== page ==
Above the Standard
[vc_row][vc_column][vc_column_text]Article By: Sara Nixon
Article Date: 01/15/2008
ABOVE THE STANDARD
How a Specialized School Uses Unique Approaches to Reach All Learners
By SARA E. NIXON
You see him sitting in the corner. He is in his favorite blue chair â€“ blue, not black, brown, purple, green or orange; has to be blue- and his face is expressionless. His eyes look toward your direction but they are not wanting, desire no communication and if you were to approach him, he might recoil â€“ if he even realizes you are there. He rocks himself at an even tempo, keeping pace with something neither you nor I can hear, feel nor comprehend. There is something inside of him, but how is it extracted? How does one navigate the murky, sometimes explosive, continents of a brain that is characterized by Autism?
Now, imagine this same child sitting in the grass on a sunny autumn day, smiling, part of a small group of peers playing â€œHowdy Neighbor.â€ When it is his turn, he does not make eye contact with his partner, but he still smiles, maybe even giggles as he repeats the words â€œhowdy neighbor.â€
The cheerful tones of childrenâ€™s voices echo throughout the campus of the Vanguard School, and it would appear to an outsider that this is a school like any other: how incorrect they would be.
The Vanguard School in Paoli, Pennsylvania is a school designed to provide an innovative, comprehensive education for children who have special learning needs. Of the 230 students who attend school here, from ages 4-21, about 60% have been diagnosed with Autism Spectrum Disorders, and the remaining 40% have exceptionalities including Neurological Impairment (NI), Severe Emotional Disturbance (SED), and Traumatic Brain Injury (TBI), among other learning differences. Teachers and therapists use unique methods to answer the above questions, and it is with patience, creativity and behavioral approaches that success is achieved.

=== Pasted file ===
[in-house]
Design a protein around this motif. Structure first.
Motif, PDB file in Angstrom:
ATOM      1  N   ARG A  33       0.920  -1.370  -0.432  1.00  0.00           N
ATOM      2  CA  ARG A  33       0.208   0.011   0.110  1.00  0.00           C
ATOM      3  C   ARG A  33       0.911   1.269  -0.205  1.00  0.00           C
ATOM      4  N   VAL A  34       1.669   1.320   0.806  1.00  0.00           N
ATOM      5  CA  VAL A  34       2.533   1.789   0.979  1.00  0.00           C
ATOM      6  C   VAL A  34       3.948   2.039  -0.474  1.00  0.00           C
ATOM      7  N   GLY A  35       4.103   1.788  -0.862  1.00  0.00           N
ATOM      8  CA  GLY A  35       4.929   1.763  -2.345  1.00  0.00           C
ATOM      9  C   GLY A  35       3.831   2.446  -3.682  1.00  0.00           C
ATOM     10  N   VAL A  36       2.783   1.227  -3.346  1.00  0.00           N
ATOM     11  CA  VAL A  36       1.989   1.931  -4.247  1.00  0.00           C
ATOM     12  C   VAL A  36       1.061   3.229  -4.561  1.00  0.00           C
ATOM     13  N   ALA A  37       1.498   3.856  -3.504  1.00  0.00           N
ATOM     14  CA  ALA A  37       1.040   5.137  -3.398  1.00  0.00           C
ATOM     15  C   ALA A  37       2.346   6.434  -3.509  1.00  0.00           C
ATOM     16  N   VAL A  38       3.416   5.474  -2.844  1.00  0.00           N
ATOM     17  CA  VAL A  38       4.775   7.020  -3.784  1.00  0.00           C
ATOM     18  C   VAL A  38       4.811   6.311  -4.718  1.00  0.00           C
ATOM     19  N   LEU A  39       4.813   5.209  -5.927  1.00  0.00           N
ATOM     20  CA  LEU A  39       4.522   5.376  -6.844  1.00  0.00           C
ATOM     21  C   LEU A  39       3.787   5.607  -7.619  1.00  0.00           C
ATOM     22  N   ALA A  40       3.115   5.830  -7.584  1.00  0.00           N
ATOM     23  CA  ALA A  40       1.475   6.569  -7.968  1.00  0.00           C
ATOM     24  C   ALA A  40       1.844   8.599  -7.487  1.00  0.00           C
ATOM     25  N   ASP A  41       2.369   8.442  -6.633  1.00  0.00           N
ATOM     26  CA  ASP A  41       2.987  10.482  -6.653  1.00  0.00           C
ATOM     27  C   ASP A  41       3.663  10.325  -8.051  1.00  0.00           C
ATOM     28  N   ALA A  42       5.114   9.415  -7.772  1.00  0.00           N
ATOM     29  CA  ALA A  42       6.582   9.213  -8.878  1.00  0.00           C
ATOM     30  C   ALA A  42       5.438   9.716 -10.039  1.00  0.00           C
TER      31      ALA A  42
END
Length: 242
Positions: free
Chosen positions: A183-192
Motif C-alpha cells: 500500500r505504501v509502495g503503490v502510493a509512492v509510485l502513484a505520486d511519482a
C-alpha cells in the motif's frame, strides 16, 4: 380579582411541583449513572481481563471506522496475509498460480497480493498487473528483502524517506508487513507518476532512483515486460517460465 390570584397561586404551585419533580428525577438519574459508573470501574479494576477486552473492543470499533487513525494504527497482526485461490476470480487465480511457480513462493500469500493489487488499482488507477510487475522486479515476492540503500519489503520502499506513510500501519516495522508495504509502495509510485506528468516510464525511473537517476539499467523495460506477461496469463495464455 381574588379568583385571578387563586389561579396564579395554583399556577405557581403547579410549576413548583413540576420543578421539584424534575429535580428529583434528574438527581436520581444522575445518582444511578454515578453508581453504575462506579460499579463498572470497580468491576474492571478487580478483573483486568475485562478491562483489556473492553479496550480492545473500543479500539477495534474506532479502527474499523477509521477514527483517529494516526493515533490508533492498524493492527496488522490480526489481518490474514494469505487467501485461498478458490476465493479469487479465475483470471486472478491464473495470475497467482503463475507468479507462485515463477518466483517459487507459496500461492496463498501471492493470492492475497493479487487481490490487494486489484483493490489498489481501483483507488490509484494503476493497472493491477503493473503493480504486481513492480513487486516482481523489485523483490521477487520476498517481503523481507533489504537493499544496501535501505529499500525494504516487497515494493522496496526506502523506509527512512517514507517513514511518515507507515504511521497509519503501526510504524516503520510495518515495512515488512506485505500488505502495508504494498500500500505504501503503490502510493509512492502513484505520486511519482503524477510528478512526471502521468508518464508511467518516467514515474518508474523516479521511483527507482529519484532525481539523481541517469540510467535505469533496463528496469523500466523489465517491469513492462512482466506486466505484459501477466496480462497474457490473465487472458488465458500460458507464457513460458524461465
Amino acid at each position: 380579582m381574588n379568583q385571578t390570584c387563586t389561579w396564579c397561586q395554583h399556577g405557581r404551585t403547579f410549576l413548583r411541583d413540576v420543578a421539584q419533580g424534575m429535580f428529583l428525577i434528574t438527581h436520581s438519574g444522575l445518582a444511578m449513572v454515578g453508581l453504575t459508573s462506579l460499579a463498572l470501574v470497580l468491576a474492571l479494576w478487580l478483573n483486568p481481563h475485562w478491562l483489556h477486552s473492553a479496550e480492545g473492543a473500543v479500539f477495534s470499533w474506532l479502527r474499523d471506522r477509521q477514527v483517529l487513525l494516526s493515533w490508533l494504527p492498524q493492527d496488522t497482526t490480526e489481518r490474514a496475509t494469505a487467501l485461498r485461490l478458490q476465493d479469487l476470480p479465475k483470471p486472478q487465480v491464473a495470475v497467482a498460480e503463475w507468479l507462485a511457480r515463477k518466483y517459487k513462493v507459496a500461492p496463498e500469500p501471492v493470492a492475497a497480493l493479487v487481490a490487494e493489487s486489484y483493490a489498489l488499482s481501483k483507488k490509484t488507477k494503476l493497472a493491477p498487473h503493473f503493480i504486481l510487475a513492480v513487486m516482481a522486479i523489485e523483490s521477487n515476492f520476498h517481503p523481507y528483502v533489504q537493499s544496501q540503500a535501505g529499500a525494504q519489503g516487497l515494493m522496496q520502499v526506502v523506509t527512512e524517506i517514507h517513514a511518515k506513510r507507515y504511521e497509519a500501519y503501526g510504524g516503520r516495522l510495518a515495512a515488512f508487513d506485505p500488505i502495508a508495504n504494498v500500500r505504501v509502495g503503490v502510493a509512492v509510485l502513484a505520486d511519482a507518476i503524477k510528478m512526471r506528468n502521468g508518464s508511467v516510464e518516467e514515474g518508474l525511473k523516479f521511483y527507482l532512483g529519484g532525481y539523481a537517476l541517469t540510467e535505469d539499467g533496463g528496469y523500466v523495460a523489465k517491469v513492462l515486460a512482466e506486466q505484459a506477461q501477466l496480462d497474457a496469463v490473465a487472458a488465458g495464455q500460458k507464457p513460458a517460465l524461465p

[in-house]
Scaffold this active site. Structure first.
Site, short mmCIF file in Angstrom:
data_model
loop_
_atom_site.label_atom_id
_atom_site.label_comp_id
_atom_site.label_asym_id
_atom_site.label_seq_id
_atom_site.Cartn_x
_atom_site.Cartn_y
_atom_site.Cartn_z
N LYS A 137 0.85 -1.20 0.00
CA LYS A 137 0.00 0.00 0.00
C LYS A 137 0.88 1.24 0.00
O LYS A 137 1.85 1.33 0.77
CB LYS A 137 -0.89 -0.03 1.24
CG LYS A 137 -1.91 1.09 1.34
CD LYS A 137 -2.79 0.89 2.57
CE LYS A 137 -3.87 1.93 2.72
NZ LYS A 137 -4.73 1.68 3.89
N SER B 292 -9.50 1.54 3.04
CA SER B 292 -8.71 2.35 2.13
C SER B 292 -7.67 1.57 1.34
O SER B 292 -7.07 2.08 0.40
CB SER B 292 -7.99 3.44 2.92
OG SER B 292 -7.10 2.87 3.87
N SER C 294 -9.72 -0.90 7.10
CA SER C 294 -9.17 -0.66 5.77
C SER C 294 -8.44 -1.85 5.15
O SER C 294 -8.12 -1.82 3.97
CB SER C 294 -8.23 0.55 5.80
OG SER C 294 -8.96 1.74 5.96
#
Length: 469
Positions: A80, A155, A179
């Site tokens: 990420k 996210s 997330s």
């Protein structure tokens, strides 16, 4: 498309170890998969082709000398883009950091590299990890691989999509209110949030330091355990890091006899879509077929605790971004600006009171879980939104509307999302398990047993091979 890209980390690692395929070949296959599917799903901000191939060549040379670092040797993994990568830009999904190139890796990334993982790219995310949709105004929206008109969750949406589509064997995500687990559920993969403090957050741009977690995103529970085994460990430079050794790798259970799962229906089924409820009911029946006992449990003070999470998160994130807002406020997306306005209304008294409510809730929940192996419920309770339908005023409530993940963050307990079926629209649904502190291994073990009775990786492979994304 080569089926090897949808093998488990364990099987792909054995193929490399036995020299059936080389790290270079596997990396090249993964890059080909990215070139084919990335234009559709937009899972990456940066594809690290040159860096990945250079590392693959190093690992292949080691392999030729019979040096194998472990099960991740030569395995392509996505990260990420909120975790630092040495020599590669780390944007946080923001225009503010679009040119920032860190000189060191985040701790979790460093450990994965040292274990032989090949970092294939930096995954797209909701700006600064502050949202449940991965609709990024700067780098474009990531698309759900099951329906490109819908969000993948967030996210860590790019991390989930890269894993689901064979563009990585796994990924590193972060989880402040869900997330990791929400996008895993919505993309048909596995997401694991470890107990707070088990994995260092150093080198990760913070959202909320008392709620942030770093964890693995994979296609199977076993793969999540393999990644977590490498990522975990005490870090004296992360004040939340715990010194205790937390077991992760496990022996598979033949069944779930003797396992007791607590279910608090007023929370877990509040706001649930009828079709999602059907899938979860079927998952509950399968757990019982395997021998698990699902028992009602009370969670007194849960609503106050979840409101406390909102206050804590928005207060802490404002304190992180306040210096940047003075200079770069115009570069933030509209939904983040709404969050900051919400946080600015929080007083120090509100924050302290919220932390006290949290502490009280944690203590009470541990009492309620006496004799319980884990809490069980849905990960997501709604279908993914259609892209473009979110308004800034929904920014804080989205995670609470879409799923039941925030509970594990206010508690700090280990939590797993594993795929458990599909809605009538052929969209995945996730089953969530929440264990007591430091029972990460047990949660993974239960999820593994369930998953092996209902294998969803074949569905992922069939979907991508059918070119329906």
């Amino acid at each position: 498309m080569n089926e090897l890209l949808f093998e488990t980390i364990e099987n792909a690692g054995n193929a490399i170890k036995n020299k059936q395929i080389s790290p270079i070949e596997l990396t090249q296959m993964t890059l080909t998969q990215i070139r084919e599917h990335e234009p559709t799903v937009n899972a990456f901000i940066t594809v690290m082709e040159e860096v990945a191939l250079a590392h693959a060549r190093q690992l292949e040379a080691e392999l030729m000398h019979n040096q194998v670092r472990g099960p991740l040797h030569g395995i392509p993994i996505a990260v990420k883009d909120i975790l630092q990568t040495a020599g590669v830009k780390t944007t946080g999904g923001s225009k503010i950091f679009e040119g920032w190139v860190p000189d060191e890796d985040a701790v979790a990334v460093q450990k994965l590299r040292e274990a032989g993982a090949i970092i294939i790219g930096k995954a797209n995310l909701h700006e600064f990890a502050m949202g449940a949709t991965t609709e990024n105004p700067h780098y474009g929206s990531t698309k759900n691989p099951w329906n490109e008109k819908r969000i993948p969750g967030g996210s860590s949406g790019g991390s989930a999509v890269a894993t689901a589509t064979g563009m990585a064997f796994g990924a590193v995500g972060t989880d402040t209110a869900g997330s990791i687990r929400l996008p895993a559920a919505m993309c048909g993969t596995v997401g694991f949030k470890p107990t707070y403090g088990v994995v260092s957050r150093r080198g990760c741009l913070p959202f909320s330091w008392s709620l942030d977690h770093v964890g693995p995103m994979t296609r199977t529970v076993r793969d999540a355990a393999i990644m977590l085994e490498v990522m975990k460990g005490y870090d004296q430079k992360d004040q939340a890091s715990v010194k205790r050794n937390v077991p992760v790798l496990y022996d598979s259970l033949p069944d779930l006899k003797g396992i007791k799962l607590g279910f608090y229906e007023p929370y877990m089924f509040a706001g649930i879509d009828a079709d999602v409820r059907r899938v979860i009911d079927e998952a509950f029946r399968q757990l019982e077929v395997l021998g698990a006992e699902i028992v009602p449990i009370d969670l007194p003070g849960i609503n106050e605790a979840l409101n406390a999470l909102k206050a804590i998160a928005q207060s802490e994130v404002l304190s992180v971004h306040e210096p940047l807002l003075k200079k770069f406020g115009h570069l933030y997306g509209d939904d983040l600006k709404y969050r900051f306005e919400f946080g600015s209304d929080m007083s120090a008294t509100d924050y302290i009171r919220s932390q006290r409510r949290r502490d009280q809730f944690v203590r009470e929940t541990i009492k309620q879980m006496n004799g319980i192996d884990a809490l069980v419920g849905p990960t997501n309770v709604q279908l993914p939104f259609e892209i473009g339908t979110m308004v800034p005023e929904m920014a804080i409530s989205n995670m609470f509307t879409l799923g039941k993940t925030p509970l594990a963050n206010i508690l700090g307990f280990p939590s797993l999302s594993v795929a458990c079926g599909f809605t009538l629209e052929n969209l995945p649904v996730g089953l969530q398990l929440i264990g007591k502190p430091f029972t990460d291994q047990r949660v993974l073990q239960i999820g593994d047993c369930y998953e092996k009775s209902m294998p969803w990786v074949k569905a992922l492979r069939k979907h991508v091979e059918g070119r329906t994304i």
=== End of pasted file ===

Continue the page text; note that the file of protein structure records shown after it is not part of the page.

While many public schools (even some which are Blue Ribbon) have suffered the untimely demise that is standards-based teaching, for 50 years the Vanguard School has sought to establish appropriate guidelines and measures by which to teach and assess children who come here with exceptional needs. The little boy who was rocking in the corner has come out of his private world of isolation and joined a select few members of the world outside. He might have had this opportunity to perform in public school, but here, he gets to participate in experiential learning on a campus that is rich in therapeutic nature and wildlife with a faculty that is expertly trained to accommodate his learning â€“ not trained to force him to accommodate a standard.
Although small, Vanguard has been extremely successful, yet even people who live in Chester County hear the name Vanguard and associate it with a sailing brig and institutional investments, which is not an affiliate of the school at all. To achieve this success and provide a tuition-free education for families to attend here, the school depends on private donations, an Annual Fund, Fundraising Events, grants and reimbursement from the Commonwealth of Pennsylvania.